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Identity and access management is a critical aspect of academic and professional publishing, writes Jon Bentley

Identity and Access Management (IAM) is a critical aspect of academic and professional publishing  – the software that drives IAM solutions is at the core of connecting students, academics, and practicing professionals with the information they need in their studies and work.

Yet despite its fundamental nature, IAM can be difficult for content and identity providers to navigate due to its highly technical and multifaceted nature – while solutions such as OpenAthens cover simple access scenarios ‘out of the box’, every institution or organisation has their own established systems, requirements, and different levels of staff involvement in implementing IAM, meaning that there is no true ‘off the shelf’ solution that will completely cover every possible use case without considerable vendor liaison.

The research we undertook in 2015 into identity providers’ perspectives of IAM1 indicated an overall lack of confidence in, and understanding of, the intricacies and technologies involved; in speaking with content providers, we find a similar issue – there are pockets of knowledge, and some content providers have demonstrated a great understanding of the importance of the user journey, but within scholarly publishing as a whole identity and access management systems are seen as a technological issue to be resolved by development teams2, rather than an essential part of the process that warrants the attention of multiple stakeholders across the business. This can lead to a frustrating user journey, with technical terminology finding its way into user-facing environments, or login prompts appearing at unexpected places throughout the journey from content discovery to access:

Rhys Smith, chief technical architect for trust and identity at Jisc, said: 'We’ve long been advocating for a similar experience across all publisher sites, because even if the sign-in process is not completely intuitive, consistency and familiarity are second-best.'3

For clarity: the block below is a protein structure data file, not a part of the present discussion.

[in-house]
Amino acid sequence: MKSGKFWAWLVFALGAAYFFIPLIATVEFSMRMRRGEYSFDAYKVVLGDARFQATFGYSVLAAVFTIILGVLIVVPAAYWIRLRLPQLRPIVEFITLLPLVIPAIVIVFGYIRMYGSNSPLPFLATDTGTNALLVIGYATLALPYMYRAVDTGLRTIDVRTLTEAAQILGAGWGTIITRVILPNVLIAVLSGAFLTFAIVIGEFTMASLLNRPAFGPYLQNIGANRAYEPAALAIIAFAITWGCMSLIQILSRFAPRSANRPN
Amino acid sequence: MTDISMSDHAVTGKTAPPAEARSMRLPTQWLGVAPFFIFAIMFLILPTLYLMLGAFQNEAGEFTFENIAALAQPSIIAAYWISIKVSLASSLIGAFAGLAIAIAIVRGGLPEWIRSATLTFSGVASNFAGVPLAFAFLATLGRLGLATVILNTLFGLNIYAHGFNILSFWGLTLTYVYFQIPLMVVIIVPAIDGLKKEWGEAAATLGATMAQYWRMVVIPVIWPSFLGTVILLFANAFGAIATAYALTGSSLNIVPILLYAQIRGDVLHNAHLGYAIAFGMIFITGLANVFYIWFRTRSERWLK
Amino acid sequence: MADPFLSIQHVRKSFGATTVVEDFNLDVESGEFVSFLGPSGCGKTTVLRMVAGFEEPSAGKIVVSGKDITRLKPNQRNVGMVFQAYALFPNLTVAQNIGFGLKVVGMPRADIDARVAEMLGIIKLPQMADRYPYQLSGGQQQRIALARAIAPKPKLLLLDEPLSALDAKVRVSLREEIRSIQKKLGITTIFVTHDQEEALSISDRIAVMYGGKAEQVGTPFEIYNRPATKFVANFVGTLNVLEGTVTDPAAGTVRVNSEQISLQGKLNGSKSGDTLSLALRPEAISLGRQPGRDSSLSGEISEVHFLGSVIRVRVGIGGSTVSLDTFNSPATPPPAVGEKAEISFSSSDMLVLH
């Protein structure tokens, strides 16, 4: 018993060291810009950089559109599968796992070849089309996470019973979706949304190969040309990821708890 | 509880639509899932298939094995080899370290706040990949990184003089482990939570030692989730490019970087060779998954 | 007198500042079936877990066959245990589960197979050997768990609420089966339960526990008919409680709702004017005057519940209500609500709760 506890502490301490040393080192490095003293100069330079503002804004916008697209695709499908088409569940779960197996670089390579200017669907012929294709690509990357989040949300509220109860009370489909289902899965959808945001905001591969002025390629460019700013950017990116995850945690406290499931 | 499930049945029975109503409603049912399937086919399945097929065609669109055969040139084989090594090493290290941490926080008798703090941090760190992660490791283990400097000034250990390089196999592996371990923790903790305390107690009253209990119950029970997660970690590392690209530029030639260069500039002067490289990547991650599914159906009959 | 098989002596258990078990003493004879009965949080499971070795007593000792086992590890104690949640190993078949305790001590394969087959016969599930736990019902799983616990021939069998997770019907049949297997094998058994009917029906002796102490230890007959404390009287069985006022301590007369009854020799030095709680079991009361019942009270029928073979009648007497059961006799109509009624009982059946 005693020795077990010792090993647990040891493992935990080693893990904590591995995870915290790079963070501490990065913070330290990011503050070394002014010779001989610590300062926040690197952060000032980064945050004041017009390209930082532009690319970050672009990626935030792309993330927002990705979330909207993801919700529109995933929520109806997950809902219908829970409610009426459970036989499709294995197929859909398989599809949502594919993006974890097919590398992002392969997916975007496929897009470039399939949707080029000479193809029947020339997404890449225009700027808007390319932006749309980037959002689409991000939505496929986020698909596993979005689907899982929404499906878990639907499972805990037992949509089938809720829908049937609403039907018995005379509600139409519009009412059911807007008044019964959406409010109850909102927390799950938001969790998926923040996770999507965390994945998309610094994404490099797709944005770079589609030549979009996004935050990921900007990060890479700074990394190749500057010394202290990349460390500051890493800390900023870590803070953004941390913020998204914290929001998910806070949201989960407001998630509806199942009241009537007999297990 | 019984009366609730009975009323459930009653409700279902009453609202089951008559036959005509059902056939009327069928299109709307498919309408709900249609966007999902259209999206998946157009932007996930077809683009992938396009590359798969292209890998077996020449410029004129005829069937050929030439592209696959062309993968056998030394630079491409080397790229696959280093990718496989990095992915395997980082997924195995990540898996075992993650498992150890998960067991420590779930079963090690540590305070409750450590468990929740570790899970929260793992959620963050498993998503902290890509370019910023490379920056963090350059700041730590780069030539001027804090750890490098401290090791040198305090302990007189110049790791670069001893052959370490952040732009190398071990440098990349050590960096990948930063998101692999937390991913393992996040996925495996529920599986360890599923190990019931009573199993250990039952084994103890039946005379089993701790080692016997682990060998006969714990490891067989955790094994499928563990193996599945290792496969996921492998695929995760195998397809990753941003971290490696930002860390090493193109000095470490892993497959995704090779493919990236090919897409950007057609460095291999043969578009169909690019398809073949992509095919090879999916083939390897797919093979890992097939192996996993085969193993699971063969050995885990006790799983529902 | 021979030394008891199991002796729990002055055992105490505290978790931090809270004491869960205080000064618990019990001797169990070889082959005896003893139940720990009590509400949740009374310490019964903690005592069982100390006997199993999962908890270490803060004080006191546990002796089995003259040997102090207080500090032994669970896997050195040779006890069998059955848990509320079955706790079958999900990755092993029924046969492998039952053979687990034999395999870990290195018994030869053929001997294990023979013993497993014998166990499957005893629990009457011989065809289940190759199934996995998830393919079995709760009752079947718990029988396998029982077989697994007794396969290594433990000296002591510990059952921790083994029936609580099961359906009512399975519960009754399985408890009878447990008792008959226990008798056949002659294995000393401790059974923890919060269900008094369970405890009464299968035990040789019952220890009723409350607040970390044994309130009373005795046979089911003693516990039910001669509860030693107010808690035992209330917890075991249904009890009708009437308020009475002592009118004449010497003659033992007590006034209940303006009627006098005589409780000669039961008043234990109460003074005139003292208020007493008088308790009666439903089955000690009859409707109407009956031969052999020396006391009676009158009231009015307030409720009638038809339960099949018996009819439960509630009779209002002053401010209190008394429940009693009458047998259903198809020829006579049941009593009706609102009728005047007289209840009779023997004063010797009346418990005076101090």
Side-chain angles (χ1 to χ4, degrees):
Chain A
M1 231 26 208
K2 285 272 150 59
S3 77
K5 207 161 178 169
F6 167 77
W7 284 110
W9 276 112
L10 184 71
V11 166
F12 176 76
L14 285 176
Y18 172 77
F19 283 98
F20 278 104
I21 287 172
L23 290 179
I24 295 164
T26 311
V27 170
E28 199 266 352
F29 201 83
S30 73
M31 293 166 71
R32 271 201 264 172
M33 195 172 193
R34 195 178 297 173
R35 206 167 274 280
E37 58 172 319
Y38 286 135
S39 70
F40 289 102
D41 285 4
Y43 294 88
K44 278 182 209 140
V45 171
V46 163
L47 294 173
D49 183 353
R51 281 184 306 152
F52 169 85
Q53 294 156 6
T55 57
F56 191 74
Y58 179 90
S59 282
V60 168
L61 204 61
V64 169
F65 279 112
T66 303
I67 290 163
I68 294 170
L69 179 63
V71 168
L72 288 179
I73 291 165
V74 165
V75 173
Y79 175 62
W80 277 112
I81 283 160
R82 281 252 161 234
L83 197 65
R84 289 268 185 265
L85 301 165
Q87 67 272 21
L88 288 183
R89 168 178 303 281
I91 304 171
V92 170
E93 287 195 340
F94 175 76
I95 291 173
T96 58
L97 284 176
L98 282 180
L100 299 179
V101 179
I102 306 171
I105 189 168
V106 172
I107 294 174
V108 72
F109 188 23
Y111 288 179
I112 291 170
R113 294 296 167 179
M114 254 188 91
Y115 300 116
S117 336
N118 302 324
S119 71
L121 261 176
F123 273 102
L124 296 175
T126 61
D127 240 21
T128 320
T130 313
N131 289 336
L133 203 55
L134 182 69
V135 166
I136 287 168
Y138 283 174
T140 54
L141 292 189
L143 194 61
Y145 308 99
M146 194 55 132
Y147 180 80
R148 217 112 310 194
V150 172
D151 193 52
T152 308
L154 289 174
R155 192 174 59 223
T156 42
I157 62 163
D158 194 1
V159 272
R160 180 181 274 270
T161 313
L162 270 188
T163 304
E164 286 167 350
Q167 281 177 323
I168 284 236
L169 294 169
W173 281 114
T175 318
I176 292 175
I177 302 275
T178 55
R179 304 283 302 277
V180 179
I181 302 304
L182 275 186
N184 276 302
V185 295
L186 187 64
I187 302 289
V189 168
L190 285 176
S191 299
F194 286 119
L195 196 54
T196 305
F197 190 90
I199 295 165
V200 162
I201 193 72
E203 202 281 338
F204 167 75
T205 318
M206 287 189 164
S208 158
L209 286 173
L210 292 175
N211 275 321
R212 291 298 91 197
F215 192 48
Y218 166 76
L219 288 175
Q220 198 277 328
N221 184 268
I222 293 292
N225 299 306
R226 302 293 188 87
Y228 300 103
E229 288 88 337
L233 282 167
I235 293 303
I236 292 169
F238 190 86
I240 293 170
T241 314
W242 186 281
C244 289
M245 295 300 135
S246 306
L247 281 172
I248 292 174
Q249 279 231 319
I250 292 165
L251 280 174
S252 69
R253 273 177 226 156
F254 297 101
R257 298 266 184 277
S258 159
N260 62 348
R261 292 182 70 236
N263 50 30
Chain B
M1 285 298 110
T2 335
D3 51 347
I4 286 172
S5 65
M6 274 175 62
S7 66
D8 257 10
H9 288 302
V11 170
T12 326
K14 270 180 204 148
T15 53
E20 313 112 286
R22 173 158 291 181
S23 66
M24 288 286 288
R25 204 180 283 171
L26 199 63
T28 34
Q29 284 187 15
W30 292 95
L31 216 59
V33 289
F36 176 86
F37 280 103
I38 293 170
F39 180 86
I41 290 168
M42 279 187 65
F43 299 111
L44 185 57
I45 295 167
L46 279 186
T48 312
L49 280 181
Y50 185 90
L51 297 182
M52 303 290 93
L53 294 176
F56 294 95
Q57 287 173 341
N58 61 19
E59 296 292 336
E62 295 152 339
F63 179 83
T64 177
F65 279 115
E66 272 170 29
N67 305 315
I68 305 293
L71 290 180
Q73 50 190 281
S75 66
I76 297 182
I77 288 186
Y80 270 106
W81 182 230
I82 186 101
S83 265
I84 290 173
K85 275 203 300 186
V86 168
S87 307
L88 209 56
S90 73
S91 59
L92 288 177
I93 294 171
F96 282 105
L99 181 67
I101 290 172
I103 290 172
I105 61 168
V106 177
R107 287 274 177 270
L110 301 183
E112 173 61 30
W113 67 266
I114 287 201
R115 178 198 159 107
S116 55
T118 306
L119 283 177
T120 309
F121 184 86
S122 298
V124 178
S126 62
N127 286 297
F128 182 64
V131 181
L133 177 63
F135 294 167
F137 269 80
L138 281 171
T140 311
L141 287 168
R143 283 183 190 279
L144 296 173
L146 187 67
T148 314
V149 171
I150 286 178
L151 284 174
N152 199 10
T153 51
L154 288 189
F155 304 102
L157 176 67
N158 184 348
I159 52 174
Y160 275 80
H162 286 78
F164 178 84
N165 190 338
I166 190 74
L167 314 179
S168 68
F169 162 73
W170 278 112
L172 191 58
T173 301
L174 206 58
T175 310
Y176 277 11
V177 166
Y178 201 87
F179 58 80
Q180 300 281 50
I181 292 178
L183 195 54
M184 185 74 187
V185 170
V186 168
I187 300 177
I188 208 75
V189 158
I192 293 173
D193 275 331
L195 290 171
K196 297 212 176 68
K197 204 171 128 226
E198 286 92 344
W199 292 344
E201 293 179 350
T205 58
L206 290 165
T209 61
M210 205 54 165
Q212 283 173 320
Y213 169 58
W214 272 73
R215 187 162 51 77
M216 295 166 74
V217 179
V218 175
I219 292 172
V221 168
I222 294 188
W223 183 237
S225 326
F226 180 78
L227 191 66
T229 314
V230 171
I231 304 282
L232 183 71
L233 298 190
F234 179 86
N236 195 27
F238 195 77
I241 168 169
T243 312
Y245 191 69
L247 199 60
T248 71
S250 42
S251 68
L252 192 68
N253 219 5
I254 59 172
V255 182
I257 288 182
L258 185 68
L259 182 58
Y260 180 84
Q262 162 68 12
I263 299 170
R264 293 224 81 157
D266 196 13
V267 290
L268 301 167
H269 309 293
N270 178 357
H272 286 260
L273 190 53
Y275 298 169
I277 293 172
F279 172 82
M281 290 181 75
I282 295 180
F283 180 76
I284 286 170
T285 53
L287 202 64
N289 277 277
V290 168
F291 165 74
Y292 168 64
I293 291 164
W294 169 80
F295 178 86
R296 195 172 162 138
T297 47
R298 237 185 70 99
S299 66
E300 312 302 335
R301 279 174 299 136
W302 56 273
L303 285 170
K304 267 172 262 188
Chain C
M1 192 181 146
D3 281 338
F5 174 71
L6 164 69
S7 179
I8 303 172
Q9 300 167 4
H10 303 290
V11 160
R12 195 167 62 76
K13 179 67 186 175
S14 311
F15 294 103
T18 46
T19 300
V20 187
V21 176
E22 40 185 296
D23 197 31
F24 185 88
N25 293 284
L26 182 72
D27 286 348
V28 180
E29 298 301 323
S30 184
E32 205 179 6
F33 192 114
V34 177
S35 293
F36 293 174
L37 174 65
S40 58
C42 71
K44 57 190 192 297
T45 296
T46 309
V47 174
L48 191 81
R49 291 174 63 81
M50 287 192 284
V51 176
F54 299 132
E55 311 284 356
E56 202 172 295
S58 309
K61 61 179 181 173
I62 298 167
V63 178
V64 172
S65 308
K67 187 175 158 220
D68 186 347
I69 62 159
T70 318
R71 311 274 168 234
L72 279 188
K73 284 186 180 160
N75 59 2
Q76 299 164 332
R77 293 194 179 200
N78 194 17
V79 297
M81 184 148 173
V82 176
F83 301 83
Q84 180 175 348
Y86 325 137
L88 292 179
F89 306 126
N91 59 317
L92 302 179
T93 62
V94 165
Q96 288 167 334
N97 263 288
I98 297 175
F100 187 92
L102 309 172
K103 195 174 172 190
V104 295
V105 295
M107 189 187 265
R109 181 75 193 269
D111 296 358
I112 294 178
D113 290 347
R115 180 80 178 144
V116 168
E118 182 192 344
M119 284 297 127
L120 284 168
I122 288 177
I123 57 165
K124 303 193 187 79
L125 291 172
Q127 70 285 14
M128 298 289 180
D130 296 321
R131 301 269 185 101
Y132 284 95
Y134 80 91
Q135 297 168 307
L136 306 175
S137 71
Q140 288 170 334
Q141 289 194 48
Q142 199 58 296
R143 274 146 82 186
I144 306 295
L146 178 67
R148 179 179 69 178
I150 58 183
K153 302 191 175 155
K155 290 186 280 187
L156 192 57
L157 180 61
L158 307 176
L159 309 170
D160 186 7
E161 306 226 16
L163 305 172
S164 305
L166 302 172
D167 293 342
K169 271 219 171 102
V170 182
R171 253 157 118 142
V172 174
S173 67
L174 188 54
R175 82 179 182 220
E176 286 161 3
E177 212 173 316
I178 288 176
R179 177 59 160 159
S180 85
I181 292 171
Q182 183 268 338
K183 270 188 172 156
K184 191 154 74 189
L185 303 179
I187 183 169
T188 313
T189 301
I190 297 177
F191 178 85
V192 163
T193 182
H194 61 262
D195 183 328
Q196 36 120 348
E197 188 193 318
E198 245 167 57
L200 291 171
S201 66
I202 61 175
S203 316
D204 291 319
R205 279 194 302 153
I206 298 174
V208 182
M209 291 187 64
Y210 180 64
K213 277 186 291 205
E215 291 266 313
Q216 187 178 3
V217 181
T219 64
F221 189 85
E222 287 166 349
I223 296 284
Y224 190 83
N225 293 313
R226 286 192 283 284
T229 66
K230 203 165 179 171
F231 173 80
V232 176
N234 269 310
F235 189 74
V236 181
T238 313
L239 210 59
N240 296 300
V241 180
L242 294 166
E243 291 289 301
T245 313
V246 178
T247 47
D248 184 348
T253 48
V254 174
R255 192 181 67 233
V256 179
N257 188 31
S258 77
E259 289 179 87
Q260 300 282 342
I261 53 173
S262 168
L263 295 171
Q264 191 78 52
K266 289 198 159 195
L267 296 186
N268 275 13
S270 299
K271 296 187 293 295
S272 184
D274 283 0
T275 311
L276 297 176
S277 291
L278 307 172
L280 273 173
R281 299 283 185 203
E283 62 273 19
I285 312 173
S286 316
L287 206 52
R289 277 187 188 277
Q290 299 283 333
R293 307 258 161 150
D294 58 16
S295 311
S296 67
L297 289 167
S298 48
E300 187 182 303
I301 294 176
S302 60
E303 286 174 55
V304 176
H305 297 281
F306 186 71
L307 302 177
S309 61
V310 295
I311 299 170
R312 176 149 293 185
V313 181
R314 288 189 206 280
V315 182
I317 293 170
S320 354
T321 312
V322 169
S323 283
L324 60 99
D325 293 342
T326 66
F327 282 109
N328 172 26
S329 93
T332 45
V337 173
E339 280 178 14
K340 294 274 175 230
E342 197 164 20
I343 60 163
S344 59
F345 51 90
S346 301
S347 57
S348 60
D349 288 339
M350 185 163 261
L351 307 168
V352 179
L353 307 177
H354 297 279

This highlights that, while there are standards for identity and access management operating ‘behind the scenes’, their implementation varies wildly from publisher to publisher. There have been moves to establish best practice in the space – for example, the Jisc Identity Management Toolkit4 – but little apparent appetite among platform holders to engage with a standardised user journey (particularly in the case of off-network access, a scenario that is increasingly common, and which presents a set of unique challenges).

Yet it’s the user journey that is at the heart of dissatisfaction and frustration with the reading experience. A complex, ill-defined, or obfuscated journey leads to frustration among users; even those who know how to navigate various login screens and have a deep understanding of the technologies involved can be frustrated to the point of abandoning their attempts to gain access to materials held by their institution. As John Sack, of Highwire, puts it: 'I do enough research in my work to know how bad off-network access can be. Even though I am used to negotiating proxy servers and VPNs – it’s often easier to just click on a free copy [than to negotiate login prompts].'5

Awareness and shared resourcing will be the key to making IAM work better for all involved. There are few established fora for those working in the space to share information and best practice; a situation compounded by knowledge transfer issues within organisations that can set developments back considerably when an individual with in-depth knowledge of a system moves roles. IAM is a fundamental necessity for content providers, and yet knowledge of the space is specialised, and compartmentalised into specific roles or teams, rather than acknowledged as a crucial part of the customer experience – perhaps because resolving the problems does not present a competitive advantage for an individual publisher, and any novel approach that addresses these issues would need widespread adoption to ensure its success.

Vida Damijonaitis, director of worldwide sales at the American Medical Association, said: 'We want to make content as easily available as possible, because the more barriers there are, the easier it is [for readers] to give up… it’s hard to improve things like this in a vacuum. It’s difficult for libraries to adapt to something that only one publisher is doing, even if it’s really good.'6

We strongly believe that the future of identity and access management is collaboration. Publishers are individually listening closely to the needs of institutions, but due to the lack of cross-industry discussions, many people are working in silos to solve the same problems in different ways. Sharing best practice and increasing lines of communication between all those working on the user journey is an important step in ensuring the best experience for our community of readers, regardless of which site or authentication suite they are using.

Jon Bentley is head of product marketing for Eduserv



2. Lloyd, T, Access management: the overlooked but critical enabler, Learned Publishing, October 2015 28: 292–297 (

3. Quote from an interview conducted by OpenAthens


5. Quote from an interview conducted by OpenAthens

6. ibid